Boeing has implemented aggressive targets for improving its environmental performance both for its operations and the lifecycle of its products. Boeing has a record of commitment to regulatory compliance and a legacy of environmental performance improvements in its products and services. And by learning from and enabling its employees to drive change, Boeing is embedding environmental thought and action into everything we do.
Boeing is committed to operating in a manner that promotes environmental stewardship.
Boeing will strive to: Conduct operations in compliance with applicable environmental laws, regulations, and Boeing policies and procedures.
Prevent pollution by conserving energy and resources, recycling, reducing waste, and pursuing other source reduction strategies.
Continually improve our environmental management system.
Work together with our stakeholders on activities that promote environmental protection.
In addition to adopting this policy, Boeing has set aggressive and transparent enterprise wide performance targets to drive environmental thought and action throughout its operations.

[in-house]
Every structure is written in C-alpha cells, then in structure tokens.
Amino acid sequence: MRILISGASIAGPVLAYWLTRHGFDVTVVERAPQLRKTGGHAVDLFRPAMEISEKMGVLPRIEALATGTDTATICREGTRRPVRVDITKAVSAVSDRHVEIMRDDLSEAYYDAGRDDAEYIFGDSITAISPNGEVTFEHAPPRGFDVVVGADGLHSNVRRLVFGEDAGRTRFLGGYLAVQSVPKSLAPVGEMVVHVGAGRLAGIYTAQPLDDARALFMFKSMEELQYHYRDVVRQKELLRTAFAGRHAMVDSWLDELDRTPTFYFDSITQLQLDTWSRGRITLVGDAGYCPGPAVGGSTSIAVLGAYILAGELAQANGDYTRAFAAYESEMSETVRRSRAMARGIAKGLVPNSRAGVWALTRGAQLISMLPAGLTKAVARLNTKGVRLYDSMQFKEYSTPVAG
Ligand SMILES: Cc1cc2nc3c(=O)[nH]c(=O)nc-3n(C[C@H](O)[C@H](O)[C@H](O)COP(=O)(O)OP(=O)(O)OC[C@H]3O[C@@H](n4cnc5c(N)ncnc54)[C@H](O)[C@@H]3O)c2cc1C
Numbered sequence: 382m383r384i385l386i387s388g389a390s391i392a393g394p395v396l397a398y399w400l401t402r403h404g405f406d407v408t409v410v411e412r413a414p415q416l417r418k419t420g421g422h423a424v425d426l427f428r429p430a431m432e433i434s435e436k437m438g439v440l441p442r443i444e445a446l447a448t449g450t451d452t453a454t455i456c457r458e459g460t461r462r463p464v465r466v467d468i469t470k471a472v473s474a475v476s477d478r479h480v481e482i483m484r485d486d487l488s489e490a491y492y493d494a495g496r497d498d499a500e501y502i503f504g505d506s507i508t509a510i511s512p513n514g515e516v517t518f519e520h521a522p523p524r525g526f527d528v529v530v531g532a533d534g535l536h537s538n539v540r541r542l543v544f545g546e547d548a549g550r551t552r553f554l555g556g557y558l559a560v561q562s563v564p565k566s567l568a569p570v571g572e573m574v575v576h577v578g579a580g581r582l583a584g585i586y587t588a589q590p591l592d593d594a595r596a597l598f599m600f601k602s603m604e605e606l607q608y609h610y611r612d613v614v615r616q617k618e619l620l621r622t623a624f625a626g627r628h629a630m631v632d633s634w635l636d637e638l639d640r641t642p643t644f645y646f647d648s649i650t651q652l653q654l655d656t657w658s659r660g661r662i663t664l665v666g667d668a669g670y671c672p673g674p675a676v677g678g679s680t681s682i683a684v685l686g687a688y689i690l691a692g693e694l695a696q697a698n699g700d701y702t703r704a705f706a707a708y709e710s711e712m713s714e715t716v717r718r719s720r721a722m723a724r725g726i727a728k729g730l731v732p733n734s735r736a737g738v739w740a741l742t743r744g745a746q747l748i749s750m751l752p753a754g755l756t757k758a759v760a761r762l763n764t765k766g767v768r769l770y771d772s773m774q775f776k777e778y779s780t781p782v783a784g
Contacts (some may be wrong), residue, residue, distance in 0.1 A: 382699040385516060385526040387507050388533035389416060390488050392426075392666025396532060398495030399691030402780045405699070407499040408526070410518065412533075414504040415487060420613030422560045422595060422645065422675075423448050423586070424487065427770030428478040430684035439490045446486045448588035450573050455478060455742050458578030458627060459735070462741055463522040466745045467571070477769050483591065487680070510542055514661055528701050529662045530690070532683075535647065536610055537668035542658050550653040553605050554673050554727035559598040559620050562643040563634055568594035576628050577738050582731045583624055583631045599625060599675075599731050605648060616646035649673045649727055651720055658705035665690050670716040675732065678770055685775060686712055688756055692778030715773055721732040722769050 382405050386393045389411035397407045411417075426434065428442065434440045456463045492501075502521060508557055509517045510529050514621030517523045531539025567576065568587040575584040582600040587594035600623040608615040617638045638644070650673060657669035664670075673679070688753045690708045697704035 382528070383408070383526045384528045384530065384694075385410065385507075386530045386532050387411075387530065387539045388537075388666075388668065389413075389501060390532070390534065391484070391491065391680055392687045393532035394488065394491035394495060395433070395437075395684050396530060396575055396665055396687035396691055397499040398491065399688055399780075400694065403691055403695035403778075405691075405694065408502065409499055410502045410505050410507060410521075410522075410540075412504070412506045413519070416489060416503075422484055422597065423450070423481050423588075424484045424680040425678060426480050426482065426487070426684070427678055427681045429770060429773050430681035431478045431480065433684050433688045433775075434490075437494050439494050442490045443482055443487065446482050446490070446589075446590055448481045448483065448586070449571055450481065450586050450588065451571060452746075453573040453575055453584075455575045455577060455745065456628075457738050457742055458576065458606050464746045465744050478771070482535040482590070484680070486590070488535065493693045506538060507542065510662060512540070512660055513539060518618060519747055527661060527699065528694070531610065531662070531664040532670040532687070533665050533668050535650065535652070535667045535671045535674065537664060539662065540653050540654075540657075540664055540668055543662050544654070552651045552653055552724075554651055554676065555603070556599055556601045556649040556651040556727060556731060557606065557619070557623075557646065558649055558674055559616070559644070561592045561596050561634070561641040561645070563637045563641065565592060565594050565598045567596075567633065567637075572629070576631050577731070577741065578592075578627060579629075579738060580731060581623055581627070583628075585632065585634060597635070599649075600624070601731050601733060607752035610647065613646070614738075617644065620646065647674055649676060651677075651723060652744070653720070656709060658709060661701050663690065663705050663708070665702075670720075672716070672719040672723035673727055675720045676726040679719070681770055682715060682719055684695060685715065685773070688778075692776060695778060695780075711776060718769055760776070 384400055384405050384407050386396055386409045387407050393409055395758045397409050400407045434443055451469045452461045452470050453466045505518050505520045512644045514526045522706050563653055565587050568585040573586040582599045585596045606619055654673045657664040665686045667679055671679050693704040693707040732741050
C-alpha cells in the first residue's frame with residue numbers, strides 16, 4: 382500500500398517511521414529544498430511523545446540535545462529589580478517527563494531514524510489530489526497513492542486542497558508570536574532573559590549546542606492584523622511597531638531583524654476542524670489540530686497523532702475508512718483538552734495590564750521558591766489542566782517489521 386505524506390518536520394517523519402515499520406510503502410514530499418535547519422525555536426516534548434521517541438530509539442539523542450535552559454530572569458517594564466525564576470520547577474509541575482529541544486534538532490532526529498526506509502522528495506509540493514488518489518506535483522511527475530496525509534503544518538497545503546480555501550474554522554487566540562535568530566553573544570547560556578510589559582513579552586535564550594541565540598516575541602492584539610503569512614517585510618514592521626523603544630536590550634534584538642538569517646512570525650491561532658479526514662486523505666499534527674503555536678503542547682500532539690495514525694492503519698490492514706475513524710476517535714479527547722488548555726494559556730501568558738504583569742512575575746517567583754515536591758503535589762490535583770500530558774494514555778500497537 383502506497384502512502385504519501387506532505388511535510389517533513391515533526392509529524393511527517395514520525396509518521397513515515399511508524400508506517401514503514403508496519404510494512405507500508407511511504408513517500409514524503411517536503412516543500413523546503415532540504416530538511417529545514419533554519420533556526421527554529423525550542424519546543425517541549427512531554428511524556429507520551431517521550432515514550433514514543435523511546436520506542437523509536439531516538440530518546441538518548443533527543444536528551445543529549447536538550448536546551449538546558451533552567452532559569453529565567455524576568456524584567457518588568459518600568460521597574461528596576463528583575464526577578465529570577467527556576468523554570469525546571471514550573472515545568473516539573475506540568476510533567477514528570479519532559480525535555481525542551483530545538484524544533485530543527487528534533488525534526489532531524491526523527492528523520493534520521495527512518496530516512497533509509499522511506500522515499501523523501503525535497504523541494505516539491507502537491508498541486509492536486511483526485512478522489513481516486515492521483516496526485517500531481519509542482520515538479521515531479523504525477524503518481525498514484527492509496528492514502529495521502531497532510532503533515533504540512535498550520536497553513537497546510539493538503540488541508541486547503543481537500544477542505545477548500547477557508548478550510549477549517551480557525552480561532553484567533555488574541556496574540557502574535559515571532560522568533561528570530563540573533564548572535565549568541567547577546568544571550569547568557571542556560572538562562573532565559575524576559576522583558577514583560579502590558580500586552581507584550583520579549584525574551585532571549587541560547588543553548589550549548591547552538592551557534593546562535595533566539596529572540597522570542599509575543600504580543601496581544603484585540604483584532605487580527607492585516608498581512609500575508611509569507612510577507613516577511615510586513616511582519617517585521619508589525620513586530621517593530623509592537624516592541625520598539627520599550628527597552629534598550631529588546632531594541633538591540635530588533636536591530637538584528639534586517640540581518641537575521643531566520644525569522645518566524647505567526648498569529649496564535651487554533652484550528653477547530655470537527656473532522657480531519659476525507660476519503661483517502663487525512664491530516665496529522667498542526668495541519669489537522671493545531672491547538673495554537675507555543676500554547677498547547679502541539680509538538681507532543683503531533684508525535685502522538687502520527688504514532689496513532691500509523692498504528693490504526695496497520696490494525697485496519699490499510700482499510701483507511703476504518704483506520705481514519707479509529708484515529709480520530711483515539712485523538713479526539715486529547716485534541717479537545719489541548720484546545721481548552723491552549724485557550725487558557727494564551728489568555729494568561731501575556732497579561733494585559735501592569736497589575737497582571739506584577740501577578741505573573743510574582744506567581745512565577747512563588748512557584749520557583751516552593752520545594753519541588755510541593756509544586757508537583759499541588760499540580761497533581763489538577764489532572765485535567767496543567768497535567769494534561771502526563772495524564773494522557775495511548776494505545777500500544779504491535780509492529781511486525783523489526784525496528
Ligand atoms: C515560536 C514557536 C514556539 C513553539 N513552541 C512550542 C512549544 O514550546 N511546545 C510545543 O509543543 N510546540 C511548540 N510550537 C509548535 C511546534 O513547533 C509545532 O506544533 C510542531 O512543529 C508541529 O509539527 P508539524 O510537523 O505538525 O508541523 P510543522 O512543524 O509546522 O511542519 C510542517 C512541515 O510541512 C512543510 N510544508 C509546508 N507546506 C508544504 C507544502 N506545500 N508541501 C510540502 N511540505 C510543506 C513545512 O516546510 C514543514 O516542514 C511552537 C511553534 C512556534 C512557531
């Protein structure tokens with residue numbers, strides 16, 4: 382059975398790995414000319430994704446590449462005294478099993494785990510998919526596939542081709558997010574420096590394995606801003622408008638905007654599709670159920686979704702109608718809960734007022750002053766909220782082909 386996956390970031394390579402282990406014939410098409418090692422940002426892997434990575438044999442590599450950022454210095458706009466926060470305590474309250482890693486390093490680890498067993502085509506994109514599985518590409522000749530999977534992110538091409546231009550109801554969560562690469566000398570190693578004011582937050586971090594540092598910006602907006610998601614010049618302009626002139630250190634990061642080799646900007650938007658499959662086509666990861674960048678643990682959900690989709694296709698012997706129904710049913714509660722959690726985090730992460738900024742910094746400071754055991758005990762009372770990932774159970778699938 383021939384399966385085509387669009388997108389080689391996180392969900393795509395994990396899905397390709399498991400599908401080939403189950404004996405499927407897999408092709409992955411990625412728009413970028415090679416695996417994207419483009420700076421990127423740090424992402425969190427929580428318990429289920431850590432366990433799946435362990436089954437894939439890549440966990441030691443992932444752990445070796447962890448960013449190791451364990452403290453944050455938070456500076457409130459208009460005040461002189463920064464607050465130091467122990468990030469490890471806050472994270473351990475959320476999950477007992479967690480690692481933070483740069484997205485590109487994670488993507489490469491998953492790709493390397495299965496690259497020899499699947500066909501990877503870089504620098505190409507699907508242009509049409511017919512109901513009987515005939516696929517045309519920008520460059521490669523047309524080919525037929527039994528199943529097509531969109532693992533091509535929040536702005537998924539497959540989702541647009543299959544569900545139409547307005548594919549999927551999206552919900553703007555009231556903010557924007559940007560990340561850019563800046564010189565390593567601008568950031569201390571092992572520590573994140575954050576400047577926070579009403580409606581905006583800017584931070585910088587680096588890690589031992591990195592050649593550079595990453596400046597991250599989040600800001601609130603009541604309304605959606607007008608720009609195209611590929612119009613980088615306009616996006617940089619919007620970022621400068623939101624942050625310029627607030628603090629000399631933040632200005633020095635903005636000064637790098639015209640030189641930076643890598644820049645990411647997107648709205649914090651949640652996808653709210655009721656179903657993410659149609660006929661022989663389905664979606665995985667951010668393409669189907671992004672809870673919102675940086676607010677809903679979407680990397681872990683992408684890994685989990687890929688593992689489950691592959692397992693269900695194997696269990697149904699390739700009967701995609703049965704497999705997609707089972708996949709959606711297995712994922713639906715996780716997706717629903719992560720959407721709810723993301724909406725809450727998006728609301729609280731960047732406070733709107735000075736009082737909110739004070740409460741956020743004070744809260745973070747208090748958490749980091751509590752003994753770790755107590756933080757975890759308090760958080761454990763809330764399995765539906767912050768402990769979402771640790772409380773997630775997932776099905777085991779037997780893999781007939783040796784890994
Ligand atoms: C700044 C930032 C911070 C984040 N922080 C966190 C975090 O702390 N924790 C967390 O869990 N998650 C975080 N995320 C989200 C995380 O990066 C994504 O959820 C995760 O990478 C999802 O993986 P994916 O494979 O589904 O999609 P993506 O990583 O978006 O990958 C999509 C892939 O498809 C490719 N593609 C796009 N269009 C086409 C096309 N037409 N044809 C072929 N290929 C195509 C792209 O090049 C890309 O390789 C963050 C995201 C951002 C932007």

2010 Web site
“The global markets are clearly moving toward a low-carbon economy. This shift represents a unique opportunity for countries that develop and sell cleaner energy technologies. Nations that delay will lose more jobs and the ability to compete globally, and may end up buying clean technology from foreign suppliers.”
We have shared in the past two editions of this Sustainability Report our aspiration to reduce our 2006 U.S. CO2 emissions by 50 percent by 2030. In 2009, our U.S. generation fleet emitted about 91 million tons of CO2 – down from 105 million tons in 2008. However, some of this reduction is a “false positive,” driven by the weakened economy and resulting lower demand for electricity.
We continued to invest in renewable energy in 2009 to diversify our fuel mix and reduce our carbon footprint. Including our renewable energy assets, our nuclear fleet in the Carolinas and our hydroelectric assets in North America and South America, we are now the third-largest producer of carbon-free electricity in the Americas among U.S.-based, investor-owned utilities. Almost 40 percent of the electricity we generated in 2009 was from carbon-free sources.
Jim Rogers CEO Duke Energy
Sonoco is working to shrink the environmental footprint at each of its more than 300 manufacturing plants in 35 countries by:
• Reducing wastes going to landfills
• Reducing energy consumption
• Reducing greenhouse gas emissions
• Reducing hazardous air emissions
• Reducing water usage
• Implementing and encouraging internal recycling programs
Read Sonoco’s Environmental Sustainability Policy.
2010 Web site
15% GHG reduction by 2013
“Sustainability—through profitable and responsible long-term growth. We are committed to being cultural and environmental stewards in the communities where we live and work. We are succeeding by working together.”